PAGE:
Tuesday, February 27, 2007


Moving along

I brought several questions from my orchestra pieces to today's lesson (#26) to review with my teacher. I've worked on the fingering enough to be ready to start worrying about the bowings on Ashokan Farewell. We also went through most of the tricky sections and discussed some fine tuning of fingerings. I'll spend the next few days focusing on these target areas, but the orchestra is moving ahead with it - we played through it Monday (sort of), so I need to get cracking. On Monday the conductor added another piece to our upcoming concert, You Raise Me Up, by B. Graham and R. Loveland (Josh Groban's hit). I get to play some tremelos! There's also another cello solo in it. I'm pretty sure I'll have plenty of questions on that one by the next lesson.

Another issue I've been struggling with is a really nice piece called Painted Desert by Anne McGinty. We've been working on it since September, and I am pretty comfortable with my fingering and bowing and lately even with my timing. Being the sole cello (sometimes another cello shows up, usually not), in one or two places, I'm the only person playing, so I've started worrying about my "sound". There are eight or nine bars where it goes from a downbow dotted half note B on the g-string to an upbow quarter note F# on the d-string. Back and forth, back and forth. For whatever reason, this B and F# combination sounds pretty lousy on my cello (no ringing tones, for sure). That upbow F# really screeches as I try to recover enough room on the bow to play the next long downbow B. I tried every trick I know, even reversing the bowing - actually this gave me the cleanest tones. It's interesting that I don't have any problem with how this sounds on my electrocello.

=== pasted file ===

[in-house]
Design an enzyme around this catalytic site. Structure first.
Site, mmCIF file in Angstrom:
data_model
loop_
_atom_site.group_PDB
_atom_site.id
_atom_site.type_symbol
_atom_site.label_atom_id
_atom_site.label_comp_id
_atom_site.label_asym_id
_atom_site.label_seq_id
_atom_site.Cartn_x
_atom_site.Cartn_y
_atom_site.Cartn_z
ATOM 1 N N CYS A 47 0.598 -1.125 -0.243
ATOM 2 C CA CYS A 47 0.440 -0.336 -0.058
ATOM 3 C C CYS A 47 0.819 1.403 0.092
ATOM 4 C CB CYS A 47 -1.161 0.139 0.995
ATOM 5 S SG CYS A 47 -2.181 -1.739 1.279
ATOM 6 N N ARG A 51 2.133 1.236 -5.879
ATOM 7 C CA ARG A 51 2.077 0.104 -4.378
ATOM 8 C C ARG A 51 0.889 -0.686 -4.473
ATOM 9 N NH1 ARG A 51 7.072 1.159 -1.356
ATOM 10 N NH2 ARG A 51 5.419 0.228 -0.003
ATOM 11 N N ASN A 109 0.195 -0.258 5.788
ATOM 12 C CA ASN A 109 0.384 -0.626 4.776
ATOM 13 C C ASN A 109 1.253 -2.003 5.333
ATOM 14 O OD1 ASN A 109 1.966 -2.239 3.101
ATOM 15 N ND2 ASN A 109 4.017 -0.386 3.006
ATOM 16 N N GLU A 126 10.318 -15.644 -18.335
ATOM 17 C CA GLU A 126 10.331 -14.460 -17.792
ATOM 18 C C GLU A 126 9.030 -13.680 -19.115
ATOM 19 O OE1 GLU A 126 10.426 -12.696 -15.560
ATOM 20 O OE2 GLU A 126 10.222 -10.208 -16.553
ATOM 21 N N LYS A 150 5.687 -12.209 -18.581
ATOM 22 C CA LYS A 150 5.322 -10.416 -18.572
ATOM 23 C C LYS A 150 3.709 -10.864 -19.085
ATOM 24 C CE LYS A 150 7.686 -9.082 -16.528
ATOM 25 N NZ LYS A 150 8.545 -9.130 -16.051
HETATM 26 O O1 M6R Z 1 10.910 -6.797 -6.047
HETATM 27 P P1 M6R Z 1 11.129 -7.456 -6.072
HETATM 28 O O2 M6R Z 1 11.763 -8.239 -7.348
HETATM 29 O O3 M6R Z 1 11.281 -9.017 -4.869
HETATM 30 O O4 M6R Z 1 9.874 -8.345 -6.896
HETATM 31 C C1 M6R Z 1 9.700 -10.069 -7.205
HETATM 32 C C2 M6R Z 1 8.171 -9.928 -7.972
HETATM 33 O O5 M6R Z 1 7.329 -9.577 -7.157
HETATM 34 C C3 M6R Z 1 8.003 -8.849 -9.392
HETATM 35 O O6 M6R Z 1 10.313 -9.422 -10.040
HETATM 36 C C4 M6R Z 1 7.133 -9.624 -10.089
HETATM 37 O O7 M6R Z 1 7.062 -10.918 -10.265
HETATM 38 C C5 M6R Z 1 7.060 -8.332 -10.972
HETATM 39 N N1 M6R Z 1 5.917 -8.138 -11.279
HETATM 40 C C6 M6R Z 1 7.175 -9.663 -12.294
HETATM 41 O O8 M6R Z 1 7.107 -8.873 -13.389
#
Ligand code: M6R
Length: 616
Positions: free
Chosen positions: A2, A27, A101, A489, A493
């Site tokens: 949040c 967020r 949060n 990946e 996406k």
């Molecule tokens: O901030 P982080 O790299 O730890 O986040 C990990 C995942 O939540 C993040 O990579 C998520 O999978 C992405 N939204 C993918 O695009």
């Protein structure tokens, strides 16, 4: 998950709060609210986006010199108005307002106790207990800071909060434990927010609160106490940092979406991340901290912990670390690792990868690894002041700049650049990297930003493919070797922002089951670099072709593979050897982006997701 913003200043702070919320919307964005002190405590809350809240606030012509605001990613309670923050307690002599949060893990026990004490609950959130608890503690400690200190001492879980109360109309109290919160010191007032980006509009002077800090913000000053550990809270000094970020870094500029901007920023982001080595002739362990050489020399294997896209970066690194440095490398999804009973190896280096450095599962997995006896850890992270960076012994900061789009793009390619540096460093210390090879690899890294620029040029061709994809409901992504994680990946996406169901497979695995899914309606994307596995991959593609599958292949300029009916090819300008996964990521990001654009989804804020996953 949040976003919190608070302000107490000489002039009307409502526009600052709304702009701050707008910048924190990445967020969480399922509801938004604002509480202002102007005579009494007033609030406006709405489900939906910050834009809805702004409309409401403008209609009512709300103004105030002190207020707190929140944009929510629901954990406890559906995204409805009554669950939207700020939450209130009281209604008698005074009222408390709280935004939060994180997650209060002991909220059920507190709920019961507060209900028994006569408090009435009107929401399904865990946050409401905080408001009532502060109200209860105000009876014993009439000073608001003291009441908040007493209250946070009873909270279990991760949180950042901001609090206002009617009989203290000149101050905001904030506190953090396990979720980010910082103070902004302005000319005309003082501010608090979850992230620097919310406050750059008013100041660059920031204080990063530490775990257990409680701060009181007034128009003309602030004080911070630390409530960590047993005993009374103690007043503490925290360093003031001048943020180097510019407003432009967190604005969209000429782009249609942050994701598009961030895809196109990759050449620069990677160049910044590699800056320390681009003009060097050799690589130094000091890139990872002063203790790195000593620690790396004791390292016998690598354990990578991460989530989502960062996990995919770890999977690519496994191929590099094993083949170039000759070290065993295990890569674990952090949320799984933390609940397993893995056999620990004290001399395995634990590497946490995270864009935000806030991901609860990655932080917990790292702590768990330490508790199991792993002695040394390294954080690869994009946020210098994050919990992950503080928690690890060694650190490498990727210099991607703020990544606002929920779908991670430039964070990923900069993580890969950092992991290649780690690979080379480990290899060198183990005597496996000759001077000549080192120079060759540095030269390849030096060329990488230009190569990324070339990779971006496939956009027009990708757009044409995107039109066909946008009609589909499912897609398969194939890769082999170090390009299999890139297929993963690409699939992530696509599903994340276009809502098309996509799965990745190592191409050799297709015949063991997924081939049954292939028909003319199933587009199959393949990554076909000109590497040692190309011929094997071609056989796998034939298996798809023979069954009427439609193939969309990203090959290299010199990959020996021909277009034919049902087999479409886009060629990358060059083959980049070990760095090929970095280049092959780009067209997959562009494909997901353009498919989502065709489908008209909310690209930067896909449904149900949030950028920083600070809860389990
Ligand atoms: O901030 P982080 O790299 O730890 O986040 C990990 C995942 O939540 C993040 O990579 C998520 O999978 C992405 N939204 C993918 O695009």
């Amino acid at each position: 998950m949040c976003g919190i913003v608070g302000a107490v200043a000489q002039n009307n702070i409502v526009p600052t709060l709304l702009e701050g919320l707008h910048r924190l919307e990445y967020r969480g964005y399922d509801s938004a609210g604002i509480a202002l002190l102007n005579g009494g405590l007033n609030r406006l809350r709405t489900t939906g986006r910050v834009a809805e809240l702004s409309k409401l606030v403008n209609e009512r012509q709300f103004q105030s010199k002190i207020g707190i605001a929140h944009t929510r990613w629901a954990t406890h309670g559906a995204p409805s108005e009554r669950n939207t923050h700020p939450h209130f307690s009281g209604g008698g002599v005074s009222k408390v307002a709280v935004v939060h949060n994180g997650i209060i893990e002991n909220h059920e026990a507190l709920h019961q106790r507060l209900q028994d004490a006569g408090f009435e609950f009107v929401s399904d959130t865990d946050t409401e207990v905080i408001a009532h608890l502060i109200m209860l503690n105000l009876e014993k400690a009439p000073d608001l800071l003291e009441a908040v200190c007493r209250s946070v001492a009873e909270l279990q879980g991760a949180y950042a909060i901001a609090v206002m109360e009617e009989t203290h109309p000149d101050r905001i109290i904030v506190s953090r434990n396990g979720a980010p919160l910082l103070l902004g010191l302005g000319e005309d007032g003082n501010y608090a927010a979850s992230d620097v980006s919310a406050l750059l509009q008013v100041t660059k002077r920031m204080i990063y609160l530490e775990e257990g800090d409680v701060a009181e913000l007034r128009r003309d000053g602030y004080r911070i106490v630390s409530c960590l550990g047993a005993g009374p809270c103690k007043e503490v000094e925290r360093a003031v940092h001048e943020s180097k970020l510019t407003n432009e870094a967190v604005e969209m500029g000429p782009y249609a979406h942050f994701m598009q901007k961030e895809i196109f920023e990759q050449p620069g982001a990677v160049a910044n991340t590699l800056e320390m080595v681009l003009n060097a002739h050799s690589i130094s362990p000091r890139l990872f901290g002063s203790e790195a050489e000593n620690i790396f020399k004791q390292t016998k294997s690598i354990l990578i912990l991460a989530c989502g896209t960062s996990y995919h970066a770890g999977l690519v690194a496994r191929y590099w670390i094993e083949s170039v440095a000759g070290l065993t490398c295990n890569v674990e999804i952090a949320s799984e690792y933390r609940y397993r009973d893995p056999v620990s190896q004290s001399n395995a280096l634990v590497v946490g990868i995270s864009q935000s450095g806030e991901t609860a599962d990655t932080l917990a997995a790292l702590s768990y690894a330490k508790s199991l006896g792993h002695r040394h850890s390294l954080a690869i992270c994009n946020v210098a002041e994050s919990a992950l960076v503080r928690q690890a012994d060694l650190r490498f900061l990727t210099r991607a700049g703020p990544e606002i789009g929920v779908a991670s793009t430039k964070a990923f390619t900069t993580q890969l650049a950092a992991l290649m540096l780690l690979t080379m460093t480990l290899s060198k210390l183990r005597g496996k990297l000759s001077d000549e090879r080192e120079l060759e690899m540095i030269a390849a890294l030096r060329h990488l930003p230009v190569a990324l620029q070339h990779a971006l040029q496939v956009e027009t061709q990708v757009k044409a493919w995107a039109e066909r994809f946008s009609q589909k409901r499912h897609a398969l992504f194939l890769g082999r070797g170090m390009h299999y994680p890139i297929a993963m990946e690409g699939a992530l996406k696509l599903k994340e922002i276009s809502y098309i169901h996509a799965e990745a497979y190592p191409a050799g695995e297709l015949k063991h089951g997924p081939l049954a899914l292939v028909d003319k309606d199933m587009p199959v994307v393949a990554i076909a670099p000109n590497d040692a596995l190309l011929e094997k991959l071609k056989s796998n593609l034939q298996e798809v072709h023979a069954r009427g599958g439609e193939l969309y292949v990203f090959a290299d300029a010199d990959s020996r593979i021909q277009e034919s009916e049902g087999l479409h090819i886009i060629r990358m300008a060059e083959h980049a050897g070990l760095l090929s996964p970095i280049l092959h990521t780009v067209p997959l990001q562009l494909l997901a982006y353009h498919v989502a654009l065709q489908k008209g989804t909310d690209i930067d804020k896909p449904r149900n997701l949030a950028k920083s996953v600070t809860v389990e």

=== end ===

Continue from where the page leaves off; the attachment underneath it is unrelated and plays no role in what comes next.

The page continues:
My teacher suggested that I bow that long dotted half note B slowly right at the fingerboard using just the upper third of my bow, then the upbow F# should be played softly, using just the side of the bow - lightly, still at the fingerboard. After trying it for a while, it began to sound pretty good.

We played through some of the pieces for our upcoming students' recital. I'll be playing some of the harmony parts and some of the bass parts. So, I've got a little work to do...

We played Bach's March in G. For some reason my inner demon (Self 1) wouldn't let me play this one properly (the small shift at measure 22 and the eighth note runs before and after it). Lesson anxiety, I guess.

We talked more about my timing/rhythm challenges (I generally tend to speed up my eighth notes, and cut short the half and dotted half notes). My teacher suggested that I work on this by playing through each piece with separate eighth notes (for each quarter note, play two eighths, and four for each half, etc.) Playing it near tempo forces me to pay careful attention to the full value of each note. Then, when I go back to playing it normally, I should be more attentive to the full value of these longer notes. I like this, I think it will help.

Finally, she asked if I was ready (!) to start on the last piece in Book 2, G.F. Handel's Bourree. Yay! another new piece! It's always so fun to begin the next piece. She talked about how it was organized and pointed out several teaching points. We discussed the shifts and some bowing particulars.

When you have a pattern like that (long downbow followed by short upbow, or vice versa), I usually just do my best not to move my bow too fast on the long bow (saving bow), then on the short note, I use less pressure and more speed to get back to my original starting place without making the short note louder than the long one.
Hi Jennifer, you're back!?

That's exactly what I need to learn to do. If only it weren't these two particular non-ringing tones... That upbow F# sounds so raw that I'd been trying to make it sound even quieter than the B (my teacher suggested that was actually part of my problem).

I sure have missed your blog these past few months...
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